Motorcycle Road Trip 2011 – Day 46

Stagecoach - Jackson, Wyoming

Stagecoach Rides - Jackson, Wyoming

Day 46 of my motorcycle road trip, and it was another amazing day. Not many places as scenic, diverse, and so full of character, as the American west.

I left Cody, Wyoming this morning heading west on Highway 14. Shortly after leaving town, I came upon the Buffalo Bill Dam, and then into the Buffalo Bill State Park. Wild Bill definitely played a major role in this area of the country. Between the Shoshone River, Shoshone Canyon, Rocky Mountains, Yellowstone, and Grand Tetons, this was definitely some of the most beautiful country of my trip. I seem to be using the word beautiful a lot, but I’m not sure how else to describe this country.

It was a nice sunny day, however, as I climbed in elevation into the Rocky Mountains the temperature began to drop. I turned on my heated motorcycle seat and heated handlebar grips, and that help for a little while. But, eventually, I had to pull over to put my rain suit over my motorcycle gear to keep warm. By late morning, the temperature started to rise and I could take off my rain gear.

 


 

As I entered Yellowstone, the highway wound its way along the cliffs and I could see snow on top of the mountains. I stopped at Yellowstone Lake for a quick break. It reminded me a little of Lake Tahoe close to home. A beautiful lake surrounded by mountains. As I continued along, I came upon several cars stopped on the side of the road, and people looking with binoculars. I got off my motorcycle to check out what was there. It turned out to be a buffalo, but so far away it was difficult to see. Next stop was the Fishing Bridge Museum. I had a chance to talk with a Park Ranger about Yellowstone. I also bought a National Geographic Magazine about Yellowstone. I was now on the Grand Loop Road, as the name implies, a road that circles around Yellowstone Park.

My first stop along the Grand Loop was Sulphur Caldron. Sulphur Caldron is a geothermal hot spring with boiling acid water and bubbling mud. The Sulphur Caldron is almost as acidic as battery acid, with a temperature of about 190 degrees F. As I continued riding alongside the Yellowstone River, I could see several cars stopped on the side of the road. Once again, I got off my motorcycle to see why everyone had stopped. Off in the distance, I could see a herd of buffalo. They were just laying around enjoying the sun.

Next stop was Beryl Spring, named for its blue-green color. It is one of the hottest springs in Yellowstone, averaging 196 °F. It is constantly bubbling and boiling, with steam rising many feet above the surface. A little further around the loop was Gibbon Falls. Gibbon Falls is an 80 foot falls along the Gibbon River. As I came to the Lower Geyser Basin, I saw a huge crowd of people. They were looking at the Fountain Paint Pots, another of Yellowstone’s geothermal structures. The Fountain Paint Pots are hot springs named for their bubbling red, yellow and brown colored mud, caused by oxidation of iron in the mud.

Finally I rode through Lower, Midway and Upper Geyser Basins, and Biscuit Basin. Lots of active geysers spewing water high up into the air. Shortly after that I reached the famous Old Faithful Geyser. I parked my motorcycle and started walking toward the Visitor’s Center. My timing was perfect. As I arrived at Old Faithful, I saw steam starting to rise. Then the geyser exploded, shooting water high into the air. Old Faithful erupts about every 90 minutes, shooting boiling water about 150 feet into the air. The eruption lasts about 5 minutes, then the geyser goes quiet again. I wished that I had planned more time so I could stop and see everything. But, I had to get to Jackson this evening. So, after a quick lunch, I was on the road, heading south on Highway 89 out of Yellowstone and into the Grand Teton National Park.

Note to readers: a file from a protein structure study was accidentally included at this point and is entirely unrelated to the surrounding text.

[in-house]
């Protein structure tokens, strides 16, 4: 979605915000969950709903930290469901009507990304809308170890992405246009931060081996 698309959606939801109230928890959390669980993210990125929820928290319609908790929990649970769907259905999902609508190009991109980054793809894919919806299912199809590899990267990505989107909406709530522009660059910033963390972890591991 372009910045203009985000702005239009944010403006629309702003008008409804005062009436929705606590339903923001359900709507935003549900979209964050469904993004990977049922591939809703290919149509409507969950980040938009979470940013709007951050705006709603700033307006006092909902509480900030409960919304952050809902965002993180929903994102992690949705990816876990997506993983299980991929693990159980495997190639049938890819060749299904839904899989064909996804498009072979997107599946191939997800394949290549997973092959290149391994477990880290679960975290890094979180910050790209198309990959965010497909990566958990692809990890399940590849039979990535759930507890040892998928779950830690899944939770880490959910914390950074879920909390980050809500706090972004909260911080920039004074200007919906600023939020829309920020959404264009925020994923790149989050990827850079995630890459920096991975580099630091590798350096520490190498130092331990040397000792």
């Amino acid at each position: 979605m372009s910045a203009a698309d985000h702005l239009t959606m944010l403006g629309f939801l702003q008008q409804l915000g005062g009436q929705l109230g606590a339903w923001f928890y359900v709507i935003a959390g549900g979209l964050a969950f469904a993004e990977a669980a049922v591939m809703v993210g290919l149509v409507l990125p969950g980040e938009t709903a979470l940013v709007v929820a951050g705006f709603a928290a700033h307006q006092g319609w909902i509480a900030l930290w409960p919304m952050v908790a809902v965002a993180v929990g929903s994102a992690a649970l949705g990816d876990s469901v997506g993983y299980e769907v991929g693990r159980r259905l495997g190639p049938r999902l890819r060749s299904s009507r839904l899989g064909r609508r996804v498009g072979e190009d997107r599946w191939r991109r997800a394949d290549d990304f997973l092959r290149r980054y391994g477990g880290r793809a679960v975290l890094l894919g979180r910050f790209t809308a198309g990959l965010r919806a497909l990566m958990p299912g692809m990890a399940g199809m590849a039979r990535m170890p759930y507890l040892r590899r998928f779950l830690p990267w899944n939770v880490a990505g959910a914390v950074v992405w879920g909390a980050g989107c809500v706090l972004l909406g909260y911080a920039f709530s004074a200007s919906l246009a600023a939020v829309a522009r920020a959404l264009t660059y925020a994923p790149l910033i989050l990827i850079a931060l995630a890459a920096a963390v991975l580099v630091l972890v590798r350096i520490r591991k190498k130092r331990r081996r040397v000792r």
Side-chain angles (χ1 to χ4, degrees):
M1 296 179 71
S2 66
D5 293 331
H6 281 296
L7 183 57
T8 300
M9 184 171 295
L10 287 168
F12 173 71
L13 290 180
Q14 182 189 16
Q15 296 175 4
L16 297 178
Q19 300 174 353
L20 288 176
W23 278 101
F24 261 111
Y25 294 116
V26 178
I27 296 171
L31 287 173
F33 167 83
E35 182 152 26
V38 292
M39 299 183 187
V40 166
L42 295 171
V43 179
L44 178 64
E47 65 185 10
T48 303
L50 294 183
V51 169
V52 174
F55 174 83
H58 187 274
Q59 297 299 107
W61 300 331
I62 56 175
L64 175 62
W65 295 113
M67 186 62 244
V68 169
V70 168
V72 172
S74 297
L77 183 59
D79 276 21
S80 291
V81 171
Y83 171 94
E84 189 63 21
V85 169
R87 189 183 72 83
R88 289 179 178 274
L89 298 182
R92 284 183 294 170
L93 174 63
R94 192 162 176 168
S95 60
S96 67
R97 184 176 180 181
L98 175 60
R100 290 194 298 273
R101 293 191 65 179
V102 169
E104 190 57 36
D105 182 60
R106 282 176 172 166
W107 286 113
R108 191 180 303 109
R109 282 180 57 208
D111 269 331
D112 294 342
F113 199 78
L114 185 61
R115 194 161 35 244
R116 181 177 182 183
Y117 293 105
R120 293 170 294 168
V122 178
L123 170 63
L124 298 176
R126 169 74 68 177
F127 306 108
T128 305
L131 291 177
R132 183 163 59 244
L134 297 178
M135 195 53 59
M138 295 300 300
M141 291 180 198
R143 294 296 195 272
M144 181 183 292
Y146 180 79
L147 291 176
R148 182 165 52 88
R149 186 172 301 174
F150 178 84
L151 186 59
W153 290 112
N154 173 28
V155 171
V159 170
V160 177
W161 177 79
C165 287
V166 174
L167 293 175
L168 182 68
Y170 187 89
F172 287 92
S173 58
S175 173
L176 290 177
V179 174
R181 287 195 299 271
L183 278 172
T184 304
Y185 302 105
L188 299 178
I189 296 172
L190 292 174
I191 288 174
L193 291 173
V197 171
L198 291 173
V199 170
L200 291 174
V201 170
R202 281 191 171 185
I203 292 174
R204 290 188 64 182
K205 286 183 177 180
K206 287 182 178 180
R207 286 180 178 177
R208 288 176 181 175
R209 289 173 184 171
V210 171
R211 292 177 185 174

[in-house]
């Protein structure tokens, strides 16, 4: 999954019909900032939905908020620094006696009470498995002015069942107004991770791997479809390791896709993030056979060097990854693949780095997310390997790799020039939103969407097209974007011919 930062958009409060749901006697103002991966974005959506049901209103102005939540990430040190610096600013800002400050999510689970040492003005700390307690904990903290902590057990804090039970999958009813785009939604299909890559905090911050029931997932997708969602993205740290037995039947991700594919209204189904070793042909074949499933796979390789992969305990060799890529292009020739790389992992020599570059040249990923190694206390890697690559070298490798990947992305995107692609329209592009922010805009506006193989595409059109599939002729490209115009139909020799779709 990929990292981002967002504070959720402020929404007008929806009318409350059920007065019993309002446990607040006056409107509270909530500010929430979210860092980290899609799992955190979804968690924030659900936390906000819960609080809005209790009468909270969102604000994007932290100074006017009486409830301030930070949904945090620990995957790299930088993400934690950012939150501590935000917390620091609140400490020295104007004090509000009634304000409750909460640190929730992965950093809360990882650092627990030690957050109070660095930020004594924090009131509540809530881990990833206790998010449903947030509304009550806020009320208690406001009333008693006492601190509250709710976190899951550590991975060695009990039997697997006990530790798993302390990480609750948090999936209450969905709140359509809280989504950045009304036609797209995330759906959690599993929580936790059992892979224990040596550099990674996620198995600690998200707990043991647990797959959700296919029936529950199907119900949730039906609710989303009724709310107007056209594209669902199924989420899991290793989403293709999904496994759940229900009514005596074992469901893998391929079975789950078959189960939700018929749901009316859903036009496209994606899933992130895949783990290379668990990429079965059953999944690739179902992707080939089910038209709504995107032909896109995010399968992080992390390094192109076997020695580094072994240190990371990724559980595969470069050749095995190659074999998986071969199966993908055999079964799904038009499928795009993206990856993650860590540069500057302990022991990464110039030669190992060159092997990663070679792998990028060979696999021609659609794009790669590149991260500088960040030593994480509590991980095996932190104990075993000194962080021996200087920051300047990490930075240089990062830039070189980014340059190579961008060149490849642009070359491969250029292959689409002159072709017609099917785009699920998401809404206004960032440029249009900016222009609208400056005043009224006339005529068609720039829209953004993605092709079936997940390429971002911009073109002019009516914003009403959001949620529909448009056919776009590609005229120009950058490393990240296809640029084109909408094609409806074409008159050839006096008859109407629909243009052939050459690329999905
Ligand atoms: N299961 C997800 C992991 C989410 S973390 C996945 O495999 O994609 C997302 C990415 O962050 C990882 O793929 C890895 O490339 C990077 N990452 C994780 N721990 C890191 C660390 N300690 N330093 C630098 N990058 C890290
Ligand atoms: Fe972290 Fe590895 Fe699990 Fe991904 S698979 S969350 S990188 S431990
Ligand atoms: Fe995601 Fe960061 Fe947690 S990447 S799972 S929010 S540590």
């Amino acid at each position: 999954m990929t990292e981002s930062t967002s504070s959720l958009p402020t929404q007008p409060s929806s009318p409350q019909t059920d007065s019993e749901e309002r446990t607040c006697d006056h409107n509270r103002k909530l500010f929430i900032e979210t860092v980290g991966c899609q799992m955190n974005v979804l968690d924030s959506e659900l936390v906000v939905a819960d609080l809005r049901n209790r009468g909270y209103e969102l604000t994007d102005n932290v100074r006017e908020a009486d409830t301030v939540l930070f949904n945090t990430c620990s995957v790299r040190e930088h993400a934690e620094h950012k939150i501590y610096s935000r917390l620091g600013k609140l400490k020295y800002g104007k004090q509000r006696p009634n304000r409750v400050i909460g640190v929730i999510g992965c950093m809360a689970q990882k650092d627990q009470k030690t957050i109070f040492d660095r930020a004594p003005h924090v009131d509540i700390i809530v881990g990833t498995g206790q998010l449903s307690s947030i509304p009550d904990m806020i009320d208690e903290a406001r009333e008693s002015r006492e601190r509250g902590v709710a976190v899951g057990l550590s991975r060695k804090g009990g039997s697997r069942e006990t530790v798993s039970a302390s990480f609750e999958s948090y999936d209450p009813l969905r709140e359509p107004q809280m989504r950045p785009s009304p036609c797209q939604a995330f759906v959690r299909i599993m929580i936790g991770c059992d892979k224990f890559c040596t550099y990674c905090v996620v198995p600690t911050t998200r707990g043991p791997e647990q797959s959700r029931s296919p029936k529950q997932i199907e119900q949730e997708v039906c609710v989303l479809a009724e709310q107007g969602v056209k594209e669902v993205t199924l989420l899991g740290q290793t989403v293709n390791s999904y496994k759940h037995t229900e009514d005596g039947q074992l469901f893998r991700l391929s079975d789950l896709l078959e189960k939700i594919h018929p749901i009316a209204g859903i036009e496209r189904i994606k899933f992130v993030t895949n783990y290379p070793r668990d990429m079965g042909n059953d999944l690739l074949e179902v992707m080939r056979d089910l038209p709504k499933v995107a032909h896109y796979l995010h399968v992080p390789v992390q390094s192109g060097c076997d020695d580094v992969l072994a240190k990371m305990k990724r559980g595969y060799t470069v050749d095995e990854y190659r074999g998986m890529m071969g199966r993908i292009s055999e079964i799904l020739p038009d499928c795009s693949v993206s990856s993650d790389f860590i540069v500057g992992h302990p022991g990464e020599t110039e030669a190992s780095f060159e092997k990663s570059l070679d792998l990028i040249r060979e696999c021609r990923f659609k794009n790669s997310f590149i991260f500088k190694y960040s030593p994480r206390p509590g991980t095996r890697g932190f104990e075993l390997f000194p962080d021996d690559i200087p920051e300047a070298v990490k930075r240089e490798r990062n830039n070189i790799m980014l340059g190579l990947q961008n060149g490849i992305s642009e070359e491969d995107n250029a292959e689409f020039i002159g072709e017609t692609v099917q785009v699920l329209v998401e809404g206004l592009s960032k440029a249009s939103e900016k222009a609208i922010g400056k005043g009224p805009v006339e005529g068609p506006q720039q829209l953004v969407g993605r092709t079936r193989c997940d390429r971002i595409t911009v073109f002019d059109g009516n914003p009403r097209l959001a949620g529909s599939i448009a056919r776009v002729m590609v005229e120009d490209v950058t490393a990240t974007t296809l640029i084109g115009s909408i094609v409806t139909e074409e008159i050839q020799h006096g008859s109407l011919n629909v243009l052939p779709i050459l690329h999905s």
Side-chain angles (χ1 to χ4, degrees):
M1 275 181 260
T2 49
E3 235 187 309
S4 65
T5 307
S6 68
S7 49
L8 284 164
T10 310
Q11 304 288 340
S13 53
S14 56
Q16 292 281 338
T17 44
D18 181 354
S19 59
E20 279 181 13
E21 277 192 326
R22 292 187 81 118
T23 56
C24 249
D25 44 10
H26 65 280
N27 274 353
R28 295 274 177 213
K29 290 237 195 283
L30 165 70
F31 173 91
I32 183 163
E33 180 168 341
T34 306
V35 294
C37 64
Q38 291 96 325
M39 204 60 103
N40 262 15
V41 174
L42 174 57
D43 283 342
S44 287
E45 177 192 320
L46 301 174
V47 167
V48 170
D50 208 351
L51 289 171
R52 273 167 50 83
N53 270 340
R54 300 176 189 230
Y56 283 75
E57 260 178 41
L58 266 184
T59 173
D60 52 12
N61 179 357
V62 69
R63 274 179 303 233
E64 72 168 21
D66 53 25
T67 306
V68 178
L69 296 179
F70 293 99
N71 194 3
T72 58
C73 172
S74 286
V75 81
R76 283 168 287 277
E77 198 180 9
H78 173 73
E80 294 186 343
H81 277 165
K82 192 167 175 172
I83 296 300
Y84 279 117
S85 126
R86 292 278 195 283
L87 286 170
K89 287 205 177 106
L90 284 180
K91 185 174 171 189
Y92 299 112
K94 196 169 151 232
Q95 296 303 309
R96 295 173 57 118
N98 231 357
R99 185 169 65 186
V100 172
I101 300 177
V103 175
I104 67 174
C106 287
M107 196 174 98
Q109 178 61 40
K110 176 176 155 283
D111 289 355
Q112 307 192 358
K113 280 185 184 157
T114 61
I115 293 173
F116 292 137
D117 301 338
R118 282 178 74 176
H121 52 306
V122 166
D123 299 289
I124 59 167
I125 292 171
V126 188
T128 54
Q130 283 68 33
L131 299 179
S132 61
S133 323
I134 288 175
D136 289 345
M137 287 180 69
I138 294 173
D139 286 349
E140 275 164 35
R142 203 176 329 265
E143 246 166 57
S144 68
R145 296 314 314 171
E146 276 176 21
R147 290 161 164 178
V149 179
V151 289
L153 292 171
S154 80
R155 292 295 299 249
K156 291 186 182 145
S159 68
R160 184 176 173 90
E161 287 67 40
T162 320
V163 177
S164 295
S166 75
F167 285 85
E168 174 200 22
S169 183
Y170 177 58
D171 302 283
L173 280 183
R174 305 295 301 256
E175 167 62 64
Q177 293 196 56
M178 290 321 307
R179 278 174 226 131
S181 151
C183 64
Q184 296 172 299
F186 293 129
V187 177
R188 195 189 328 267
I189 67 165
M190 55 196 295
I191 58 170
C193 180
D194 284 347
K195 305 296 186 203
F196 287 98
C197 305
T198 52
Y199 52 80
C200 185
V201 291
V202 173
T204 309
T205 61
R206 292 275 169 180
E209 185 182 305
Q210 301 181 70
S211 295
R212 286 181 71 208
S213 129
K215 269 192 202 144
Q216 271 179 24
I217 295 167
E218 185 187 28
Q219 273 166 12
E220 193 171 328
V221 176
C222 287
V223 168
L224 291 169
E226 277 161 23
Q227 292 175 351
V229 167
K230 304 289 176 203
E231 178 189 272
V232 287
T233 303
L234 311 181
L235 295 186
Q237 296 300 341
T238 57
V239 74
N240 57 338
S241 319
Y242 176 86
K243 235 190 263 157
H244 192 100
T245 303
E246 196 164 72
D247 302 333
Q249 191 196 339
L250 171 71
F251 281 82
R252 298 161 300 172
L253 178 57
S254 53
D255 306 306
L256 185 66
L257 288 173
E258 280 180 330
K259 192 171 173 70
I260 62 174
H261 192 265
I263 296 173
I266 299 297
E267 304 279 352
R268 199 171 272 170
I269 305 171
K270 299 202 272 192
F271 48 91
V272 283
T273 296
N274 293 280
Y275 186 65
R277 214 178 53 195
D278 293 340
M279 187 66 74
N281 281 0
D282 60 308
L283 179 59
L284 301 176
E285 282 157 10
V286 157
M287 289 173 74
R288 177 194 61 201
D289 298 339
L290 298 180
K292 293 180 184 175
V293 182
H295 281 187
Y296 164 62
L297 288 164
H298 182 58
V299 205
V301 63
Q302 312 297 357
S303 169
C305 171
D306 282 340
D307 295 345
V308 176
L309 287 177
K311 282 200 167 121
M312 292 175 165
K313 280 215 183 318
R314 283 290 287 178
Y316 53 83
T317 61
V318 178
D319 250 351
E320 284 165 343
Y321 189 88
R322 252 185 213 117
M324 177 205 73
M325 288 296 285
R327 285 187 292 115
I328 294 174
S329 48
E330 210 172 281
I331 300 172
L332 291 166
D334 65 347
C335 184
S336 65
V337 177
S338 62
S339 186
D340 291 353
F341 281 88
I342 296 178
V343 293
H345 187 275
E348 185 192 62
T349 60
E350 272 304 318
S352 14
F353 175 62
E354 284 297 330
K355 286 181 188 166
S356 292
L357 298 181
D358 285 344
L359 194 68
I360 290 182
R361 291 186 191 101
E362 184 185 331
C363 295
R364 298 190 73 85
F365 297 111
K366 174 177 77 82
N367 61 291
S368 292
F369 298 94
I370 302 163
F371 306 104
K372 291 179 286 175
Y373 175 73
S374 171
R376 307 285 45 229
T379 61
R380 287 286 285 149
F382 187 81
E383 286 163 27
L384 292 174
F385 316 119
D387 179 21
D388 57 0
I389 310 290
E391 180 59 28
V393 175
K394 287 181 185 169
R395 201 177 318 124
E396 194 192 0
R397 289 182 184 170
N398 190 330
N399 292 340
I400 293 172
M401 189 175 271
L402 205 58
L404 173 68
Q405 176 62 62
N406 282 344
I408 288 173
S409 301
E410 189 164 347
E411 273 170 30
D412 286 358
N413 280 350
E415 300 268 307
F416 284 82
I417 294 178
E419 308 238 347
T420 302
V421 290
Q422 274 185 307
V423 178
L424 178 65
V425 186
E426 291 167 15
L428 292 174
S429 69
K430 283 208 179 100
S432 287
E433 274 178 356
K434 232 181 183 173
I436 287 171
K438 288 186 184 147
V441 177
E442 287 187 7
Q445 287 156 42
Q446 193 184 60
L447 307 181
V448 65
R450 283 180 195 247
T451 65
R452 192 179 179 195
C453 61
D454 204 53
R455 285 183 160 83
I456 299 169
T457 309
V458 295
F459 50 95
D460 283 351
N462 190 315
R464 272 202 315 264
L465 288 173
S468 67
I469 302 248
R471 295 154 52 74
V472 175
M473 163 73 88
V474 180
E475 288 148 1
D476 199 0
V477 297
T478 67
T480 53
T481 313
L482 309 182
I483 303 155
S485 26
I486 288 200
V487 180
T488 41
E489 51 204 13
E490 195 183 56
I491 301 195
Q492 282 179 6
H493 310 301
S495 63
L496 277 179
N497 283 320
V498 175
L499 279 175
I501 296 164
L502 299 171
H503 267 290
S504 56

The Grand Tetons are one of the youngest mountain ranges in the Rocky Mountains. This means jagged peaks that have yet to be worn down by the wind and erosion. The elevation ranges from 6,320 feet at the valley floor, to 13,770 feet on the summit of the Grand Teton. The upper part of the range overlooks Jackson Lake, for a very picturesque view. After a quick stop at the Colter Bay Visitor’s Center, I continued on toward Jackson.

As I approached Jackson, Wyoming, I could see dark clouds over the mountains. It started to rain, along with thunder and lightning. I don’t know if this is typical of weather across the country, but I’ve sure been caught in a lot of thunderstorms this summer. Maybe I’ve been spoiled by the Silicon Valley weather at home, and its lack of rain or any other kind of storms. By the time I got to Jackson, the rain had stopped and the skies cleared. It was late afternoon, so I changed out of my motorcycle gear and headed for downtown.

Jackson has a cowboy theme somewhat like Cody, yesterday. I arrived downtown just in time to see the daily gunfight. Then I explored the rest of the town. All I could say was I once again needed more time. Someday I’ll just have to do the western US part of the ride again, with a couple of weeks to take in all the sights. I had dinner at the Gun Barrel Restaurant with a big moose head staring at me from above the table. A great meal, and another great day.

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  3. […] Parking lot for the Buffalo Bill Reservoir and Dam.The dam is located at the east end of the reservoir in the canyon gorge between Rattlesnake Mountainand the smaller Cedar Mountain.(Photo: Old Boys Toys) […]

  4. […] Parking lot for the Buffalo Bill Reservoir and Dam.The dam is located at the east end of the reservoir in the canyon gorge between Rattlesnake Mountainand the smaller Cedar Mountain.(Photo: Old Boys Toys) […]

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